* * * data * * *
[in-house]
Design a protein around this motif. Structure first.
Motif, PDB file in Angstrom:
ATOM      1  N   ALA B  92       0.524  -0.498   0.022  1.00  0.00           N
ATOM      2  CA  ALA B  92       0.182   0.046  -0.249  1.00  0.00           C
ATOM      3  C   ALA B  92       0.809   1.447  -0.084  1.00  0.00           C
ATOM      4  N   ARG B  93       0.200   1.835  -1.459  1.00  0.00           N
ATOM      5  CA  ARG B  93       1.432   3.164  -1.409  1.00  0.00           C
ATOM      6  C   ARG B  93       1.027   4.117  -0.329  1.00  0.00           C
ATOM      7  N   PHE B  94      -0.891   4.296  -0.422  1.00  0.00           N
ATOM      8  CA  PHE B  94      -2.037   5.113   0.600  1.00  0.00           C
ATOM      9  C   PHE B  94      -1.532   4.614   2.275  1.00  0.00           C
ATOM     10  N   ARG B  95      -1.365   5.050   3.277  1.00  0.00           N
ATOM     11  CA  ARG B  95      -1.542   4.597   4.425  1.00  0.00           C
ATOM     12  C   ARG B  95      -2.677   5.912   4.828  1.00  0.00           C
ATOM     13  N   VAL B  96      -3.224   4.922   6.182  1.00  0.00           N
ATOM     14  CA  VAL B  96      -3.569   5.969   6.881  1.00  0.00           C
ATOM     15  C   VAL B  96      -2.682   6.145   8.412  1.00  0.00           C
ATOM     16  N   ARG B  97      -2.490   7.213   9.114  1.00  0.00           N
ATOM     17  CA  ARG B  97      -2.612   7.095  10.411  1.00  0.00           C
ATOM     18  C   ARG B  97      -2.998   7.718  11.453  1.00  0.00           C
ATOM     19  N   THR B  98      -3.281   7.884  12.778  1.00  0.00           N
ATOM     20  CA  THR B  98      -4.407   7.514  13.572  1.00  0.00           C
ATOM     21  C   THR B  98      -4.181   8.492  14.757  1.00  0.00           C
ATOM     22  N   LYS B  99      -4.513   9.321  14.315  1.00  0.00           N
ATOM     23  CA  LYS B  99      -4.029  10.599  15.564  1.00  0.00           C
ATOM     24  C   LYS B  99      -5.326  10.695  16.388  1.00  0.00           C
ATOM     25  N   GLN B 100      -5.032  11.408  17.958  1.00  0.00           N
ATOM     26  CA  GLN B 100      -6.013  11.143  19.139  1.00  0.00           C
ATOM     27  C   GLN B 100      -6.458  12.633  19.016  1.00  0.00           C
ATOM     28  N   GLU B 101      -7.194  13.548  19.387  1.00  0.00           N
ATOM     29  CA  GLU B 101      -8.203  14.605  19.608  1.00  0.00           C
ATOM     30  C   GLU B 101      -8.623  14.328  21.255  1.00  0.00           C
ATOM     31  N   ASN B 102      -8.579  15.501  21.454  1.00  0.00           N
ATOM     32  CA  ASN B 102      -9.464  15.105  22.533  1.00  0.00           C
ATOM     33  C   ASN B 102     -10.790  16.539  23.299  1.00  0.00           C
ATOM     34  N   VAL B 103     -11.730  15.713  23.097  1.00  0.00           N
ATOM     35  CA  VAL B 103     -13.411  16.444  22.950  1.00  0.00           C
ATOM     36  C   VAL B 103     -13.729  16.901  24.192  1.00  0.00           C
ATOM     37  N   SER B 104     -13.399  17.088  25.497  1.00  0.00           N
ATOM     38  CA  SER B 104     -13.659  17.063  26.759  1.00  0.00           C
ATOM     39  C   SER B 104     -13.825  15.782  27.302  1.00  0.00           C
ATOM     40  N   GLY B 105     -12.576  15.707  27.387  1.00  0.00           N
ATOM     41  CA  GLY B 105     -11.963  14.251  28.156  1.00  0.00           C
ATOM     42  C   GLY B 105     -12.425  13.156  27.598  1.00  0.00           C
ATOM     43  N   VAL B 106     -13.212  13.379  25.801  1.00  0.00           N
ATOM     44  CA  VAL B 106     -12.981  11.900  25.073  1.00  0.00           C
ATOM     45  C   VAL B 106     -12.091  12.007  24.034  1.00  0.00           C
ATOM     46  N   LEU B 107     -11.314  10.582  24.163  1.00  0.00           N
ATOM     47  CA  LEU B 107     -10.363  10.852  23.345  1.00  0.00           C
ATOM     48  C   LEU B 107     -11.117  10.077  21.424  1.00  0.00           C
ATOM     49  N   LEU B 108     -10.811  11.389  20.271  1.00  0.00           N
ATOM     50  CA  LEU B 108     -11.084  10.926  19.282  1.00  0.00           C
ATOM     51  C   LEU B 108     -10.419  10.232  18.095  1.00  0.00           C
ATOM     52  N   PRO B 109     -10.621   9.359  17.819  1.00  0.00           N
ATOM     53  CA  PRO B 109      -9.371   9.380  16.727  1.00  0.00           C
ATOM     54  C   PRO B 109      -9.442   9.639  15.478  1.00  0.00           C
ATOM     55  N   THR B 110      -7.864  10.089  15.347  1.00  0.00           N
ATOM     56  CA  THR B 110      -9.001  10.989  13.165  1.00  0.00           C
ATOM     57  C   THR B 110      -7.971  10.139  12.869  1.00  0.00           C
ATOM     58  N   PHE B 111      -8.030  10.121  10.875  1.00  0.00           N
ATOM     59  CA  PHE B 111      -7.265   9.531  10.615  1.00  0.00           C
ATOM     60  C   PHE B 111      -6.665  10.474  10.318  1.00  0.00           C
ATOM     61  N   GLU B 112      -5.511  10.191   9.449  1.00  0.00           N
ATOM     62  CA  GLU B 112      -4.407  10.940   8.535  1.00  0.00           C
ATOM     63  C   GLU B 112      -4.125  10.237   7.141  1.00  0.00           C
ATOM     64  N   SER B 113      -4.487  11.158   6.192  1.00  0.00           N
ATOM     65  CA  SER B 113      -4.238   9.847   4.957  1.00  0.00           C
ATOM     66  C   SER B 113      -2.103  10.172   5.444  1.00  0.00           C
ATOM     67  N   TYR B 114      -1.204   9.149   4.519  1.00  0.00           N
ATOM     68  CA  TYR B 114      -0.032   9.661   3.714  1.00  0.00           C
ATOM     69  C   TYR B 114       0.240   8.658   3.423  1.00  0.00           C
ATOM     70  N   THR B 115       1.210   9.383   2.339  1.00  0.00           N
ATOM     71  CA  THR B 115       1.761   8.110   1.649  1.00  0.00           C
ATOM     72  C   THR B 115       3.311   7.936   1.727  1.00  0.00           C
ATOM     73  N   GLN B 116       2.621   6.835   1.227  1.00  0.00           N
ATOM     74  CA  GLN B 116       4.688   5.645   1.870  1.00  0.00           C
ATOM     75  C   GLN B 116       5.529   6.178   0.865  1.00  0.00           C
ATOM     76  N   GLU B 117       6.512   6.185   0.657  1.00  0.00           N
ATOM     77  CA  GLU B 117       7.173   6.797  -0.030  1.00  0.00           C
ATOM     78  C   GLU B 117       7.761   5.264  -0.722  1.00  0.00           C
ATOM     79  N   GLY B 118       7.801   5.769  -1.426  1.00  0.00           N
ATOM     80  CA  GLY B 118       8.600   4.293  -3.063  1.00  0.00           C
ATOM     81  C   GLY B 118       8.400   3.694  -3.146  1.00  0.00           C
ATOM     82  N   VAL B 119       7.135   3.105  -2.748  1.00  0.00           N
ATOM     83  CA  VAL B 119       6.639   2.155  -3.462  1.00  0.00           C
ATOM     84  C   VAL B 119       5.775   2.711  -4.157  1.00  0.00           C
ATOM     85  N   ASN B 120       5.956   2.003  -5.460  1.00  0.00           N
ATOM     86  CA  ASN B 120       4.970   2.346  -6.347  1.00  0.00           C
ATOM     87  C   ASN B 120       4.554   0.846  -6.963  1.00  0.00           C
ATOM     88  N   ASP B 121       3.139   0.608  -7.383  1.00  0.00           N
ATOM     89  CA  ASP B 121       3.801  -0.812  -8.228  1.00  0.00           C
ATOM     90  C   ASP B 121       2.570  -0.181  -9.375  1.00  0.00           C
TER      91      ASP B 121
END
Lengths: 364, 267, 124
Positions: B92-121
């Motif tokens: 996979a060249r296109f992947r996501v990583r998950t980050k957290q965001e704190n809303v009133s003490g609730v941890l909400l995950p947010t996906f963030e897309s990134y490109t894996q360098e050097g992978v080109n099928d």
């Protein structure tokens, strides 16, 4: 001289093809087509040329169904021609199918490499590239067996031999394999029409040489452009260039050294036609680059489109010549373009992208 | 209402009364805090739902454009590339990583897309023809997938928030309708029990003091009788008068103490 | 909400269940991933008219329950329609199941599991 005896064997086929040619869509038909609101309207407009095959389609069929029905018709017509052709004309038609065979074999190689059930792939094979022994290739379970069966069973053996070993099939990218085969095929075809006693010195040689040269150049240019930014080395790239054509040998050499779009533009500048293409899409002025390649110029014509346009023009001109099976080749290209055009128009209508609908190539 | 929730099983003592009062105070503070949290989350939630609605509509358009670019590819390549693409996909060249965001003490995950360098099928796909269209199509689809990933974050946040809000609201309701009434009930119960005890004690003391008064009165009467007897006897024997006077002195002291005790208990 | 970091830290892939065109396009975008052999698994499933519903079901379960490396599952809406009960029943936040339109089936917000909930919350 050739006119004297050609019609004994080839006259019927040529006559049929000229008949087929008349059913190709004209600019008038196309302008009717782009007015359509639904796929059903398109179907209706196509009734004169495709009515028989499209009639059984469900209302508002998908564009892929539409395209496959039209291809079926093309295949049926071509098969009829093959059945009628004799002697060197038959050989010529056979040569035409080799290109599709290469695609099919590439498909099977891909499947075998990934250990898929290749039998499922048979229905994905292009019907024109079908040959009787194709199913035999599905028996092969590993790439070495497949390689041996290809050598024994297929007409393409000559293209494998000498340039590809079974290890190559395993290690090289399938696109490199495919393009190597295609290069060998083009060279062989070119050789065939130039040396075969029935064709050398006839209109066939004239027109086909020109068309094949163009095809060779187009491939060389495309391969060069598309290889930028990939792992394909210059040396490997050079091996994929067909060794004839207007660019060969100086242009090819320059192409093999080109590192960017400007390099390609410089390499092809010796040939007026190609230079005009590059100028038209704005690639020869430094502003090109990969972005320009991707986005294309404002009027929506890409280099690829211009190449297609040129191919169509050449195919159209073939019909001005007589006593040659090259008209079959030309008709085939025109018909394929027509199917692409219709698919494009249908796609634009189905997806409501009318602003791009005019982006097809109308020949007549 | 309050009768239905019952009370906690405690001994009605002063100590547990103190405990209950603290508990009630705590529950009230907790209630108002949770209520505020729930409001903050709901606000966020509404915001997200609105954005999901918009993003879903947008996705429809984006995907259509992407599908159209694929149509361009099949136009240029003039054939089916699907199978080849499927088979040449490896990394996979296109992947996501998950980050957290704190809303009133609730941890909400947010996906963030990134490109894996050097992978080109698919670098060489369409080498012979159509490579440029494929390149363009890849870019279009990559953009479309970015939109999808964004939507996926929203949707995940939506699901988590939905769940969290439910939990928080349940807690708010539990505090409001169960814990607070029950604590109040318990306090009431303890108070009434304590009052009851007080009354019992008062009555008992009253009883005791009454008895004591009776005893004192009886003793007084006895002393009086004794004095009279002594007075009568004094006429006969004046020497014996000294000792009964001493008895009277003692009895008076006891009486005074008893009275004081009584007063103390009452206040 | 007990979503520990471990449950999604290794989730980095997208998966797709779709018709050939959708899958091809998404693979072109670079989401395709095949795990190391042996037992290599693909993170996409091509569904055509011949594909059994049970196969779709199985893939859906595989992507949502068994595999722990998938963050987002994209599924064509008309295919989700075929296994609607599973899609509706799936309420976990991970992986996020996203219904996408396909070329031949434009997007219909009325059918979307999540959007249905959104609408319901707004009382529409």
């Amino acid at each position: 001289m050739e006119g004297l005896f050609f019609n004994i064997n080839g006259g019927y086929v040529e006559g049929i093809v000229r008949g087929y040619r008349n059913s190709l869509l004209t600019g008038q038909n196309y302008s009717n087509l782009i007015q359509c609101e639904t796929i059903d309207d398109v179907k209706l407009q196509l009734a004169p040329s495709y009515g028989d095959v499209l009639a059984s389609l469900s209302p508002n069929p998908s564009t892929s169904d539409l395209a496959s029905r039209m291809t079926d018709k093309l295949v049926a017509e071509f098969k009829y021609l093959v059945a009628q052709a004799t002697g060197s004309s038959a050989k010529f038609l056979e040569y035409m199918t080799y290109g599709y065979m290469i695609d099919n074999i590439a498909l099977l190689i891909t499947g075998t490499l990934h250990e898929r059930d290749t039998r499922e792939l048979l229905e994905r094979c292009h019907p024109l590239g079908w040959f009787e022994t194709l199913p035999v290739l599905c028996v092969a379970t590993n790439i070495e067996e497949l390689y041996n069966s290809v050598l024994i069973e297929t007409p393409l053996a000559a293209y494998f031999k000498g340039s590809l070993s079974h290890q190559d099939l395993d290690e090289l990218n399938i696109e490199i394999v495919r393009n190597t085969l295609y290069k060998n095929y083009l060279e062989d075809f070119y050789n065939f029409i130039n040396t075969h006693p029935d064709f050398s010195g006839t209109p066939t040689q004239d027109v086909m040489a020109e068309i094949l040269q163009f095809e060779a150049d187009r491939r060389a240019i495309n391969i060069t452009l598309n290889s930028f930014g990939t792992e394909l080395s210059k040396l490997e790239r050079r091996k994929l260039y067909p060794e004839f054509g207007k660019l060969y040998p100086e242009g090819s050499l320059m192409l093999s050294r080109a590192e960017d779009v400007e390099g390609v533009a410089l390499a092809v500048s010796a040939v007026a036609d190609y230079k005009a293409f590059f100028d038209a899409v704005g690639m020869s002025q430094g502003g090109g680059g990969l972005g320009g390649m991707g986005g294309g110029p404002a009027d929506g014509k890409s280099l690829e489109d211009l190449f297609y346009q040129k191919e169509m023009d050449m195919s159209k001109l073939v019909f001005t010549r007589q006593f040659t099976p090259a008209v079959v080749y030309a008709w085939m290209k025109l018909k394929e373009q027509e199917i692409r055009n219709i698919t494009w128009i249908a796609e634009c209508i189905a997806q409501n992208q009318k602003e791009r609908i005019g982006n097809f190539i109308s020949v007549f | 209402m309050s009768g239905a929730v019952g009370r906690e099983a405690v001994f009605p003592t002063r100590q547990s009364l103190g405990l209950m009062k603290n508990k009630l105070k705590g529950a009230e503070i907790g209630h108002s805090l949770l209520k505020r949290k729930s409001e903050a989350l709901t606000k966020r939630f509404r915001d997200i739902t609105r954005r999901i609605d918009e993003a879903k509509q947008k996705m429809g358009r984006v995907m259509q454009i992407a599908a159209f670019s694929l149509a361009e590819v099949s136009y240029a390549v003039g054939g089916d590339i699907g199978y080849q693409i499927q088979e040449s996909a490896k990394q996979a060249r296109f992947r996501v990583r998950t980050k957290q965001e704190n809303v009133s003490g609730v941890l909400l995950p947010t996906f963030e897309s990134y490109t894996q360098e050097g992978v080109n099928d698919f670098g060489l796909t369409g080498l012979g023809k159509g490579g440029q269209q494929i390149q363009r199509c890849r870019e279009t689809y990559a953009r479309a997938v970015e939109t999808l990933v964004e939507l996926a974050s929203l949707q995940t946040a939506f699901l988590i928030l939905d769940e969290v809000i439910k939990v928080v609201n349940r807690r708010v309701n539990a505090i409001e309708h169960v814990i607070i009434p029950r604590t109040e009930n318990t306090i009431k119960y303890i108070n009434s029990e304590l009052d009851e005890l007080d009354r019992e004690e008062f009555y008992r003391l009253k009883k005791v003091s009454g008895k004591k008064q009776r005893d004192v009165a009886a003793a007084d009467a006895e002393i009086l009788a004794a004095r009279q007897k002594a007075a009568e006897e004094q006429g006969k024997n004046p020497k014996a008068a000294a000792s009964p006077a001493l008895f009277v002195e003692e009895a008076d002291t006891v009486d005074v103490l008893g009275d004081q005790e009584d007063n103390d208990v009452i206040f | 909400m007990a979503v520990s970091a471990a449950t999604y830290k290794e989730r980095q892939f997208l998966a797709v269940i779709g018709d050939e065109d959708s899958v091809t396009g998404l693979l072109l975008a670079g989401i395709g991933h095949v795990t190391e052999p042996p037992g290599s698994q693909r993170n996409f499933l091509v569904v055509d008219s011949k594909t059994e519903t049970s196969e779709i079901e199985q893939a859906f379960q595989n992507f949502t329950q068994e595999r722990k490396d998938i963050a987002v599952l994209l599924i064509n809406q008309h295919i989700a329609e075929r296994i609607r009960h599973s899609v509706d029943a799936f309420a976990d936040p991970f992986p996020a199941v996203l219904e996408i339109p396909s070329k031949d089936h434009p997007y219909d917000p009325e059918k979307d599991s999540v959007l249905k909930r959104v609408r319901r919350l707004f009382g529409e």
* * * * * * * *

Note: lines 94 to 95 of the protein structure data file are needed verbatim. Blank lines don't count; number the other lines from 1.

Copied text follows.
TER      91      ASP B 121
END